**Definition**. A ring is called **von Nemann regular,** or* *just **regular,** if for every there exists such that

**Remark 1**. Regular rings are semiprimitive. To see this, let be a regular ring. Let the Jacobson radical of and choose such that Then and, since is invertible because is in the Jacobson radical of we get

**Examples 1. **Every division ring is obviously regular because if then for all and if then for

**Example 2***.* Every direct product of regular rings is clearly a regular ring.

**Example 3**. If is a vector space over a division ring then is regular.

*Proof*. Let and There exist vector subspaces of such that So if then for some unique elements and We also have for some unique elements and Now define by It is obvious that is well-defined and easy to see that and

**Example 4**. Every semisimple ring is regular.

*Proof*. For a division ring the ring is regular by Example 3. Now apply Example 2 and the Wedderburn-Artin theorem.

**Theorem**. A ring is regular if and only if every finitely generated left ideal of is generated by an idempotent.

*Proof*. Suppose first that every finitely generated left ideal of can be generated by an idempotent. Let Then for some idempotent That is and for some But then Conversely, suppose that is regular. We first show that every cyclic left ideal can be generated by an idempotent. This is quite easy to see: let be such that and let Clearly is an idempotent and Thus and so Also and hence So and we’re done for this part. To complete the proof of the theorem we only need to show that if then there exists some idempotent such that To see this, choose an idempotent such that Thus Now choose an idempotent such that and put See that is an idempotent, and Thus Let Then is an idempotent and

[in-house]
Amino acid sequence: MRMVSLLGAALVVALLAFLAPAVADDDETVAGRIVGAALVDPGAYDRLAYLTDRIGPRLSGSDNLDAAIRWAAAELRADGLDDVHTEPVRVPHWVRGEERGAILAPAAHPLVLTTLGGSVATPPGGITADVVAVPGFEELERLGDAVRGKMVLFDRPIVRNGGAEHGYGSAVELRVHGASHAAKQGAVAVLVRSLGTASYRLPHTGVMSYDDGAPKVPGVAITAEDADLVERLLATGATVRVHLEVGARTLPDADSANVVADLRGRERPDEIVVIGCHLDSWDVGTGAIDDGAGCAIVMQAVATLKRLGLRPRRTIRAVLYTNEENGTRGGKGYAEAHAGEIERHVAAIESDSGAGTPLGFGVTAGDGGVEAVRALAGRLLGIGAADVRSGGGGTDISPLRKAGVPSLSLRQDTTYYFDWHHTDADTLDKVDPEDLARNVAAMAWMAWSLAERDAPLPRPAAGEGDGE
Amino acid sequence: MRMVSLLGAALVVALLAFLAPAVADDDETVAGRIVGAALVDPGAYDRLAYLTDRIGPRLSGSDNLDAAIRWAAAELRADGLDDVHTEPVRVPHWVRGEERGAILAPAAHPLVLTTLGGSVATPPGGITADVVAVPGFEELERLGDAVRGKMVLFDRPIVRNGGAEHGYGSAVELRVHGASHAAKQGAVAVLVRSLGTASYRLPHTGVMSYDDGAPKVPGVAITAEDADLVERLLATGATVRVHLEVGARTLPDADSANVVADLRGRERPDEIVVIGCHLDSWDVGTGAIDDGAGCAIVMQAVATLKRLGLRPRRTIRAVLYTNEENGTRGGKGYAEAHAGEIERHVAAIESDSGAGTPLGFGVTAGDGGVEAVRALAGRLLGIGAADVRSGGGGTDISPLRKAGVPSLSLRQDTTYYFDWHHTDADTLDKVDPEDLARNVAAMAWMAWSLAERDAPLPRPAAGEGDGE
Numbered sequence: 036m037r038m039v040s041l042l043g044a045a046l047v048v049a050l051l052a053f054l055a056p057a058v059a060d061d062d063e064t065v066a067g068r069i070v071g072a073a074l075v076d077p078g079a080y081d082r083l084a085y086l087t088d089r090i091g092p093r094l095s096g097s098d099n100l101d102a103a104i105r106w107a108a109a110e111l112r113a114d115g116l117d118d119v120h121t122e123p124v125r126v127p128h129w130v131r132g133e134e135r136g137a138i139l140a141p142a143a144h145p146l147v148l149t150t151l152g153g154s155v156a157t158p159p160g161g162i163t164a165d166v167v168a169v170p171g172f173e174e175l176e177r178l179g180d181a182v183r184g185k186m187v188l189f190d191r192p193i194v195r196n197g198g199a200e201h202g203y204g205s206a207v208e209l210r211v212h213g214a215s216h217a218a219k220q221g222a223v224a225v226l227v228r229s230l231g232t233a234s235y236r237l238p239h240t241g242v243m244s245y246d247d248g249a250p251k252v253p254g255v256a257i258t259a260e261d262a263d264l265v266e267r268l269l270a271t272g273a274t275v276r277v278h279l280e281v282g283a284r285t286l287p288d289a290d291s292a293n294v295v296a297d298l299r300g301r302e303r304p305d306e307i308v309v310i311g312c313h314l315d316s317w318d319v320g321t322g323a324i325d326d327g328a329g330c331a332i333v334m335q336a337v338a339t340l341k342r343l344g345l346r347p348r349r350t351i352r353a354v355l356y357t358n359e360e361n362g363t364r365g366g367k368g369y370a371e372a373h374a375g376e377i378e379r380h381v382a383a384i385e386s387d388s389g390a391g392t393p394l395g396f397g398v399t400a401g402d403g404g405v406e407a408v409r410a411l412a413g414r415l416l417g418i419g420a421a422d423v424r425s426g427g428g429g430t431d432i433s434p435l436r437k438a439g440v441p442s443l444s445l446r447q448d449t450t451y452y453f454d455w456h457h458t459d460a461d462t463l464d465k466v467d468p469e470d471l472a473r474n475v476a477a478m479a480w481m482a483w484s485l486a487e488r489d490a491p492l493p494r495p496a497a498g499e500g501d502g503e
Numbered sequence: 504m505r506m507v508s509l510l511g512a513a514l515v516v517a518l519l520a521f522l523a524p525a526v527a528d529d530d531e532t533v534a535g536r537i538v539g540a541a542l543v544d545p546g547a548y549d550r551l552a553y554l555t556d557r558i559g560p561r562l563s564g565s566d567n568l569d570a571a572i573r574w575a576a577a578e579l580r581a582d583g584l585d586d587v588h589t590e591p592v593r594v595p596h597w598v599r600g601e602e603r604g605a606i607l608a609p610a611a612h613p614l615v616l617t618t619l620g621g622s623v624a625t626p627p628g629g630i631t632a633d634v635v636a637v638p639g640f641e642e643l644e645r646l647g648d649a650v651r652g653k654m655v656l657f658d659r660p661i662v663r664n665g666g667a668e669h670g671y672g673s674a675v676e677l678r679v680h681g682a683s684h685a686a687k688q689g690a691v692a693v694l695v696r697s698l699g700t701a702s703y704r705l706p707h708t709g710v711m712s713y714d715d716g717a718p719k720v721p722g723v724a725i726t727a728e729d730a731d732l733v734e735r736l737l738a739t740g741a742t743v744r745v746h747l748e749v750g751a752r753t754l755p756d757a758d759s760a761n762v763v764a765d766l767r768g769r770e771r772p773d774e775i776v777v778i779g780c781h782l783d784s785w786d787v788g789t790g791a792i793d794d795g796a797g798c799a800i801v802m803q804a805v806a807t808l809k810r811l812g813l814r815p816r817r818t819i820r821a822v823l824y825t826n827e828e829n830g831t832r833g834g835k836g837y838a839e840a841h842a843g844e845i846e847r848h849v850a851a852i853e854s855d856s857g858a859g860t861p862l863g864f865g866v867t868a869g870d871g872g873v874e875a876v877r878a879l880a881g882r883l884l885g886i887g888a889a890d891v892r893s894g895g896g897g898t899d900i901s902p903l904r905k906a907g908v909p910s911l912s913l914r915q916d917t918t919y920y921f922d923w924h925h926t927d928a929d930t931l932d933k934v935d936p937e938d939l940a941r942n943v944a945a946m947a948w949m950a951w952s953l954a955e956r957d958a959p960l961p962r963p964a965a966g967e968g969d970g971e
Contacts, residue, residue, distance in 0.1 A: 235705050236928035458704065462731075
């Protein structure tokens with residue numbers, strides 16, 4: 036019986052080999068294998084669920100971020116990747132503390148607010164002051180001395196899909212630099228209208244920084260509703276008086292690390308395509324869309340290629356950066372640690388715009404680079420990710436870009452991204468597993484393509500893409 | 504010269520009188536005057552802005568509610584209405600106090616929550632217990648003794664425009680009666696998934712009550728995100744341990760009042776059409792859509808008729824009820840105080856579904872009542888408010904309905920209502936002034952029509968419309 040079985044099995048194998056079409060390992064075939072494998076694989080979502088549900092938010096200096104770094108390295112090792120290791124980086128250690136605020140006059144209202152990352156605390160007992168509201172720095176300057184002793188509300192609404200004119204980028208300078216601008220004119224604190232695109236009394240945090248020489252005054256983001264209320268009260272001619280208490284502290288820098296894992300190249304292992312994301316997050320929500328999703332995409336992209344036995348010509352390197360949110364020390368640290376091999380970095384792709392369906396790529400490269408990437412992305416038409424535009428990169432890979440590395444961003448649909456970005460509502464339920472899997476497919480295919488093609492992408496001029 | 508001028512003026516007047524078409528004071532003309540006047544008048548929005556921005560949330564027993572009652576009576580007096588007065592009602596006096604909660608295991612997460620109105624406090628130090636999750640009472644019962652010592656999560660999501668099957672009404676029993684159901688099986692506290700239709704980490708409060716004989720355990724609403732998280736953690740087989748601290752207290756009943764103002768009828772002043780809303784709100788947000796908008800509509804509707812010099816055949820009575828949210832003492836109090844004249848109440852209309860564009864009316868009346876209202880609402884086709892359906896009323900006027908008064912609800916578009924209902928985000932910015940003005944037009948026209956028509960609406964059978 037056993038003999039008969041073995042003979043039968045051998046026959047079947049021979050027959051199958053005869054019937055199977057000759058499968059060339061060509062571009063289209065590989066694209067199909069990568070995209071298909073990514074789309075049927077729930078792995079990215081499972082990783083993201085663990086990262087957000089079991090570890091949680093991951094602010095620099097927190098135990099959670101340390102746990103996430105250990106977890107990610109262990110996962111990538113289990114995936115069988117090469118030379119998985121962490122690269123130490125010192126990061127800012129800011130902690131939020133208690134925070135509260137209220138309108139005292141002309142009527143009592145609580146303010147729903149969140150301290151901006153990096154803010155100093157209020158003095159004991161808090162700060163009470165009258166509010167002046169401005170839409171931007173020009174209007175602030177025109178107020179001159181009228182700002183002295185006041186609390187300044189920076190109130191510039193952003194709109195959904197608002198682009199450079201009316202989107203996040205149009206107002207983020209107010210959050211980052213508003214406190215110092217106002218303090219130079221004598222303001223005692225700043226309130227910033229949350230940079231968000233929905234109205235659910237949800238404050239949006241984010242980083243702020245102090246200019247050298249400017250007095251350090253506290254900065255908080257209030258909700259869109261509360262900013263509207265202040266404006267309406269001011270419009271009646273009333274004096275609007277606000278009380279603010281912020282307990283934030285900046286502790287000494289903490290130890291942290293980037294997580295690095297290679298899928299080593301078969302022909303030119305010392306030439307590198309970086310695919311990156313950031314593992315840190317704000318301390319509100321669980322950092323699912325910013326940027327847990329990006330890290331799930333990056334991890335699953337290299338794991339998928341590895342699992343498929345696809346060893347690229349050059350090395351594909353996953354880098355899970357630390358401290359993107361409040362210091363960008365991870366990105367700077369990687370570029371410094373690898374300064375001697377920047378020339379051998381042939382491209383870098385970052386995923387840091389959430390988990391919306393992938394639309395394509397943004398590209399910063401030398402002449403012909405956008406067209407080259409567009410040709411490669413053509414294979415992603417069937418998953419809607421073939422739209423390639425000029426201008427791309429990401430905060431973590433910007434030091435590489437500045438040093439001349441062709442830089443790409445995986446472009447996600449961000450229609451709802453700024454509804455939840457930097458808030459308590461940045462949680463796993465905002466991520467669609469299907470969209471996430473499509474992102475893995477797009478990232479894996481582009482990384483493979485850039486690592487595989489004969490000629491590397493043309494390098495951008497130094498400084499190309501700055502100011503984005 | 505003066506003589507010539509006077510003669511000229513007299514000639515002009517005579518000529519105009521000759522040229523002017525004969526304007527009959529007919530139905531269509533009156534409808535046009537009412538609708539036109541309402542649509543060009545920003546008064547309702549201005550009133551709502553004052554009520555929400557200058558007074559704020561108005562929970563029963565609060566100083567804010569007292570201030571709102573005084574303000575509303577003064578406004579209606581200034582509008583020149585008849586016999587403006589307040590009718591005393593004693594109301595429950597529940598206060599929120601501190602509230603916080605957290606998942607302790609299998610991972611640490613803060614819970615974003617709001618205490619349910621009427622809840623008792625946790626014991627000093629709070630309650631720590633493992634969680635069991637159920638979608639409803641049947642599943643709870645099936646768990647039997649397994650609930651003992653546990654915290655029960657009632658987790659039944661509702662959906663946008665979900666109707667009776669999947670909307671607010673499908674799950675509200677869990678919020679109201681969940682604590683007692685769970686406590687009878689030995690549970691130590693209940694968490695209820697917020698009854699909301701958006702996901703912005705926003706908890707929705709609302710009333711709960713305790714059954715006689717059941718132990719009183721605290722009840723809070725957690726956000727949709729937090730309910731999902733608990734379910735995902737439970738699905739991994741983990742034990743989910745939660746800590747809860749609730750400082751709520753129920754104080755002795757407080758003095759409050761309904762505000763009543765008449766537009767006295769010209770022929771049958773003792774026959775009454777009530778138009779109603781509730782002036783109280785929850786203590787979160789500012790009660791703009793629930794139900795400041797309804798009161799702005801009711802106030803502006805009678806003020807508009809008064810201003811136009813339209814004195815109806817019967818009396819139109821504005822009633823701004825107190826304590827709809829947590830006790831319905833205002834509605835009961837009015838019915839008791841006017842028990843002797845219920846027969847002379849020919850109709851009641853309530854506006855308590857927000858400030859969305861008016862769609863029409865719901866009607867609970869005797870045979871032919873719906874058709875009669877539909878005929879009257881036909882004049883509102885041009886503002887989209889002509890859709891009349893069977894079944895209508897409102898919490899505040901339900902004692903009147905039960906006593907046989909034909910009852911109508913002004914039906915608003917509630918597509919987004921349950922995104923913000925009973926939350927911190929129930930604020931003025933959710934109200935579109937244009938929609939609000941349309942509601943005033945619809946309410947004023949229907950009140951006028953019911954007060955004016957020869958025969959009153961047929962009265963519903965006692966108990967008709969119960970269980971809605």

**Corollary**. If the number of idempotents of a regular ring is finite, then is semisimple.

*Proof.* By the theorem, has only a finite number of left principal ideals. Since every left ideal is a sum of left principal ideals, it follows that has only a finite number of left ideals and hence it is left Artinian. Thus is semisimple because is semiprimitive by Remark 1.

**Remark 2**. The theorem is also true for finitely generated right ideals. The proof is similar.

**Remark 3**. Since, by the Wedderburn-Artin theorem, a commutative ring is semisimple if and only if it is a finite direct product of fields, it follows from the Corollary that if the number of idempotents of a commutative von Neumann regular ring is finite, then is a finite direct product of fields.